Researchers Find ‘Major Transformation’ In Global Climate Policy Ideas

The economic ideas that dominate global climate policy have undergone a “major transformation” over the past three decades from strictly market-based notions to recent diversified approaches featuring more government intervention, according to new research published in Nature Climate Change by a Johns Hopkins University political scientist.

ADVISORY: Expert Available to Discuss Minor League Baseball Realignment Plan

A computer scientist at Johns Hopkins University is available to discuss the study that he and his students have completed that analyzes Major League Baseball’s plan to realign Minor League Baseball by eliminating several small-town teams across the United States and re-shuffling remaining squads into new leagues.

Under Pressure: New Bioinspired Material Can ‘Shapeshift’ to External Forces

Inspired by how human bone and colorful coral reefs adjust mineral deposits in response to their surrounding environments, Johns Hopkins researchers have created a self-adapting material that can change its stiffness in response to the applied force. This advancement can someday open the doors for materials that can self-reinforce to prepare for increased force or stop further damage.

Lighting the Way to Safer Heart Procedures

In the first study of its kind, Johns Hopkins researchers provide evidence that an alternative imaging technique could someday replace current methods that require potentially harmful radiation.

Sulfur ‘Spices’ Alien Atmospheres

They say variety is the spice of life, and now new discoveries from Johns Hopkins researchers suggest that a certain elemental ‘variety’—sulfur—is indeed a ‘spice’ that can perhaps point to signs of life.

Johns Hopkins Taps Twitter to Measure Success of Social Distancing

By comparing Twitter data from before and after the COVID-19 outbreak, Johns Hopkins University researchers found a profound impact on the movement of Americans – indicating social distancing recommendations are having an effect.

Hopkins Gets FDA OK to Test Blood Therapies for COVID-19 Patients

The U.S. Food and Drug Administration approved a clinical trial Friday that will allow Johns Hopkins University researchers to test a therapy for COVID-19 that uses plasma from recovering patients.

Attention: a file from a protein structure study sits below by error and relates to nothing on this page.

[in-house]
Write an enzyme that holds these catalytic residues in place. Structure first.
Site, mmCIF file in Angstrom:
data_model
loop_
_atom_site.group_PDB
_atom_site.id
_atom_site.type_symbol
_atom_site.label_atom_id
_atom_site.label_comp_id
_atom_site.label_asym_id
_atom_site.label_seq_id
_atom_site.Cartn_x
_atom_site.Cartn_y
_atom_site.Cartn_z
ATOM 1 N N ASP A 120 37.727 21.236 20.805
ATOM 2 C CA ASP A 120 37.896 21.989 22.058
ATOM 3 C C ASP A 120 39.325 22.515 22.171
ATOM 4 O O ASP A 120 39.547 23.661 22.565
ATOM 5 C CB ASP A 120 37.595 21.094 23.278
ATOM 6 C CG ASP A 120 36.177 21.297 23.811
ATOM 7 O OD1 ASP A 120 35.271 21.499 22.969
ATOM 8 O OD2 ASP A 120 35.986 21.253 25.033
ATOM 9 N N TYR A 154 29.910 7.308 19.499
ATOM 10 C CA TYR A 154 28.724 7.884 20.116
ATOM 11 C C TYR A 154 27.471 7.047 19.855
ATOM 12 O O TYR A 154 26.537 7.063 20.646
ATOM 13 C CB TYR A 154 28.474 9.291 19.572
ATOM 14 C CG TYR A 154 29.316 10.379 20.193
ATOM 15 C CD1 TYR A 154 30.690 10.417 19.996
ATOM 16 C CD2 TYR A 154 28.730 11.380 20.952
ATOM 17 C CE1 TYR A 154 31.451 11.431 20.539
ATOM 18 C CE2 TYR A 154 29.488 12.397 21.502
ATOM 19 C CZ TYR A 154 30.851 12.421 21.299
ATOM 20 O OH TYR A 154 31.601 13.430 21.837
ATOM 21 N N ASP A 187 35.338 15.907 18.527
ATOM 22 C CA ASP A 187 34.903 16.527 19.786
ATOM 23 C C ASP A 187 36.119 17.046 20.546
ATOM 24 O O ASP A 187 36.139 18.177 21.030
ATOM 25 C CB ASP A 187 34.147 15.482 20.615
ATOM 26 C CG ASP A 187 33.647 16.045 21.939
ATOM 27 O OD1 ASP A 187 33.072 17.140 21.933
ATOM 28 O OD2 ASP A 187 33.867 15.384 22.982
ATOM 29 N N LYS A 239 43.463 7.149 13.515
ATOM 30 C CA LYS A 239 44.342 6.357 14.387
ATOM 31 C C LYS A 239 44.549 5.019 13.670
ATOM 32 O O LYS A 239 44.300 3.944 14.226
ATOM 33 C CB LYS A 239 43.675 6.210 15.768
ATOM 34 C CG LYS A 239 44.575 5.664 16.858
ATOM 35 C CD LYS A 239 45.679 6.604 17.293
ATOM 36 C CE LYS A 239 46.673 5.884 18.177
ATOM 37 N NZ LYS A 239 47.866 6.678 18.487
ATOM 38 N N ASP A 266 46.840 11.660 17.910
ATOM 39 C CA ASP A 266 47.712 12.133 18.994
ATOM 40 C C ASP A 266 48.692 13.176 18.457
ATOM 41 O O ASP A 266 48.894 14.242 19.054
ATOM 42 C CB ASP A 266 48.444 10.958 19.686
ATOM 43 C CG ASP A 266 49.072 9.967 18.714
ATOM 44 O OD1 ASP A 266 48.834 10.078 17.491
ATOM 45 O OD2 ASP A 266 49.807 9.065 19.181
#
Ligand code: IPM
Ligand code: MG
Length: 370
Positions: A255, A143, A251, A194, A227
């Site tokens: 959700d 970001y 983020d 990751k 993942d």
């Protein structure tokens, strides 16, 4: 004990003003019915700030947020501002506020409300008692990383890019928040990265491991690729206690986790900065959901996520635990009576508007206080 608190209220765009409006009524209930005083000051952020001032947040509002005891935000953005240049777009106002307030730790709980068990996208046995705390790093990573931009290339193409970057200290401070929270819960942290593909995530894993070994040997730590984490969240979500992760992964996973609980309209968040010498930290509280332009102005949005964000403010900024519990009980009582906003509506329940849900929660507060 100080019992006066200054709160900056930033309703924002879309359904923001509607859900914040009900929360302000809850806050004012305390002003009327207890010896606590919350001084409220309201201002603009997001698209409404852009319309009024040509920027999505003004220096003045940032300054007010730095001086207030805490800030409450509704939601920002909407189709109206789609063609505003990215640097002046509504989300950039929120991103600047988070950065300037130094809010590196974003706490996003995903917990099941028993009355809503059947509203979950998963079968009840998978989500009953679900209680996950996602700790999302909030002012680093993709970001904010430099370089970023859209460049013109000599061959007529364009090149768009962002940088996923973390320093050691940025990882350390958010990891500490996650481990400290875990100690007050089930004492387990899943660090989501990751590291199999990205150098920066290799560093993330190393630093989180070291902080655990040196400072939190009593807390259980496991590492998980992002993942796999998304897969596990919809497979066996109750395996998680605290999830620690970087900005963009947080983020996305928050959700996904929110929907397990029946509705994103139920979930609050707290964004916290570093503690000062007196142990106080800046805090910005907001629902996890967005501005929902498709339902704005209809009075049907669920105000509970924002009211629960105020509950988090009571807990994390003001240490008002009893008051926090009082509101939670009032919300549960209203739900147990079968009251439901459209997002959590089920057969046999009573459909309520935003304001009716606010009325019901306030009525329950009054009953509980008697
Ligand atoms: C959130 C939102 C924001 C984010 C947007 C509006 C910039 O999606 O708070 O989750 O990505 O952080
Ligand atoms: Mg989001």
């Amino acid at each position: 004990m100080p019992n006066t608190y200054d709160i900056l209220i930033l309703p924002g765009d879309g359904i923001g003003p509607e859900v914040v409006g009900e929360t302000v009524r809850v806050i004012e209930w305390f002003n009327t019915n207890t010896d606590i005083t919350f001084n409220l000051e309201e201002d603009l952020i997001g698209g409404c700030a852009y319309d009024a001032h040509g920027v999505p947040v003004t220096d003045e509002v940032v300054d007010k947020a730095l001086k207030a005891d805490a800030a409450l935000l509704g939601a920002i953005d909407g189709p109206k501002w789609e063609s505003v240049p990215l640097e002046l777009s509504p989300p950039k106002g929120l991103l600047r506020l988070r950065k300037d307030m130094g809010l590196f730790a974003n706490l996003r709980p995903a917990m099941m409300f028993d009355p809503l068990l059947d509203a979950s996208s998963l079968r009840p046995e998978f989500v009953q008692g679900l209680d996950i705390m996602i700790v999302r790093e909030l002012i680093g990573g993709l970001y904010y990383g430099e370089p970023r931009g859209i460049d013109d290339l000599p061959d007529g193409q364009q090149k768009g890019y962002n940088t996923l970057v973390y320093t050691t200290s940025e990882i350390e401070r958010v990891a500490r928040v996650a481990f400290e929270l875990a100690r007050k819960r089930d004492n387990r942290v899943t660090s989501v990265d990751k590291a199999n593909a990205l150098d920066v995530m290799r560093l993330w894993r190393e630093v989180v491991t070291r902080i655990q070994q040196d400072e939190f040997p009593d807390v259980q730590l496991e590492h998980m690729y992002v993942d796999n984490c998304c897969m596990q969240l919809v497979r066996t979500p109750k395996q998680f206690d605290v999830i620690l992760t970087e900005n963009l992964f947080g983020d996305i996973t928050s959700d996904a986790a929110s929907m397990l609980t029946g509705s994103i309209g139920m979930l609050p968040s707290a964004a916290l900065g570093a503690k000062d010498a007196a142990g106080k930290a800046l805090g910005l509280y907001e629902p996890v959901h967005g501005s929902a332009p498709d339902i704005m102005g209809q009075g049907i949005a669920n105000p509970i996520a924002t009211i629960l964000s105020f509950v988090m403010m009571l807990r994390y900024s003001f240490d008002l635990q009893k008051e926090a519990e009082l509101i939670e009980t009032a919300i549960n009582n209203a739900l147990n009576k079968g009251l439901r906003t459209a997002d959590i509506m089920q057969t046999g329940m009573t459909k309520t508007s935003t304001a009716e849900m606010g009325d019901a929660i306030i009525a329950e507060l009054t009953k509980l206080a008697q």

Johns Hopkins Engineers Developing 3D-printed Ventilator Splitter

In response to a pressing need for more ventilators to treat critically ill COVID-19 patients, a team led by Johns Hopkins University engineers is developing and prototyping a 3D-printed splitter that will allow a single ventilator to treat multiple patients. Though medical professionals have expressed concerns about the safety and effectiveness of sharing ventilators, the team has designed this tool to address those concerns.

MEDIA ADVISORY: Johns Hopkins Hosts Virtual Design Challenge to Address COVID-19

More than 2,000 people from 34 countries will compete in a five-day virtual design challenge to find innovative solutions to challenges presented by the COVID-19 pandemic. Teams will try to engineer solutions for problems ranging from how to protect front-line healthcare workers and their families to minimizing transmission of the virus to addressing shortages of critical healthcare and medical equipment to ensuring that people have accurate information to help them make informed decisions.

ADVISORY: Johns Hopkins Expert Available to Discuss Use of Robots to Combat COVID-19

In a new Science Robotics editorial published today, experts discuss the potential use of robots to combat COVID-19 by decreasing risks posed to humans, safely resuming halted manufacturing and making teleoperations more efficient. Much of the work required in combatting COVID-19 requires “dull, dirty, and extremely dangerous tasks for human workers but suitable to robots,” the editorial authors say, and they point to potential uses such as disinfecting operating rooms, taking temperatures at ports of entry, delivering medications and more.

Russell (Russ) Taylor, Director of the Laboratory for Computational Sensing and Robotics at The Johns Hopkins University, and an author on the editorial, is available to talk about the future of robotics and COVID-19.

ADVISORY: Johns Hopkins University Upgrades COVID-19 Tracking Map With Local U.S. Data

The Johns Hopkins University’s COVID-19 tracking map, which has become a vital worldwide resource, is launching an updated dashboard to report coronavirus cases for every city and county in the United States.

ADVISORY: Expert Available to Comment on Effects of Social Distancing and Quarantine Measures on Air Quality

A silver lining of social distancing and quarantine? Better air quality. As more and more cities across the U.S. clamp down on travel, there have been fewer cars on the road and early reports of improved air quality in cities like Los Angeles, Philadelphia and more. Peter DeCarlo, an associate professor in the Department of Environmental Health and Engineering at The Johns Hopkins University, can discuss how and to what extent social distancing and quarantine measures affect air pollution.